Friday, June 29, 2012

Having Enough or Having it All

On Sean's facebook page, he links to this post on the Foreign Policy webpage, entitled "Why America Can't Have it All." I commend it, not only about what it says about "America" but also what it says about the idea that we, as individuals, should have "it all."

I have been considering lately the story of the Children of Israel in the Wilderness, and specifically the matter of God feeding them there.  I was led there by our study of John, Chapter 6, in our Sunday School Class, where Jesus declares that he is the Bread of Life, referring to "[o]ur forefathers [who] ate the manna in the desert . . . "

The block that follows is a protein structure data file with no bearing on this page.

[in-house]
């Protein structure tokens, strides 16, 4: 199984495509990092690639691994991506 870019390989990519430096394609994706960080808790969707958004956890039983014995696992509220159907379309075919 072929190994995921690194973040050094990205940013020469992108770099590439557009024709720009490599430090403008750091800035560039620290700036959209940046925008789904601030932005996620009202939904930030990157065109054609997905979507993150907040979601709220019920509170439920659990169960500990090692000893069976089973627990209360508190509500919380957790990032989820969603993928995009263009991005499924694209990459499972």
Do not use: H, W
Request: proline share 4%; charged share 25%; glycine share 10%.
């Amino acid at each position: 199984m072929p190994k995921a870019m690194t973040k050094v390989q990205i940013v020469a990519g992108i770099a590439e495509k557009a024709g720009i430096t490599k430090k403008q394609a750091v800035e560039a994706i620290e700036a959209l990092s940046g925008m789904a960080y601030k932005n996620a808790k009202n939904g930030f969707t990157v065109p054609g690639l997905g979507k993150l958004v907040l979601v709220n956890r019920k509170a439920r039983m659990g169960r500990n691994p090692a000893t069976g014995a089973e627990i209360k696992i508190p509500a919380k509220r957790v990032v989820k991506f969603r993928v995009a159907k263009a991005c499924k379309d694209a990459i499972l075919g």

Whatever manna the people gathered, it was enough:
Moses said to them, “It is the bread the Lord has given you to eat. 16 This is what the Lord has commanded: ‘Each one is to gather as much as he needs. Take an omerbfor each person you have in your tent.’”
17 The Israelites did as they were told; some gathered much, some little. 18 And when they measured it by the omer, he who gathered much did not have too much, and he who gathered little did not have too little. Each one gathered as much as he needed.
19 Then Moses said to them, “No one is to keep any of it until morning.”
20 However, some of them paid no attention to Moses; they kept part of it until morning, but it was full of maggots and began to smell. So Moses was angry with them.

 -Numbers 16: 15b - 20

Having it all is very often having too much.  So we keep "part of it until morning" and our lives begin to smell bad.  There is rot in it.  Maggots.  Broken families.  Broken lives.

The Jews have a song they sing at Passover.  The song is like a prayer, even a single word lifted up in thankful praise to God:  Dayenu (דַּיֵּנוּ.)  "Dayenu" means "Enough!"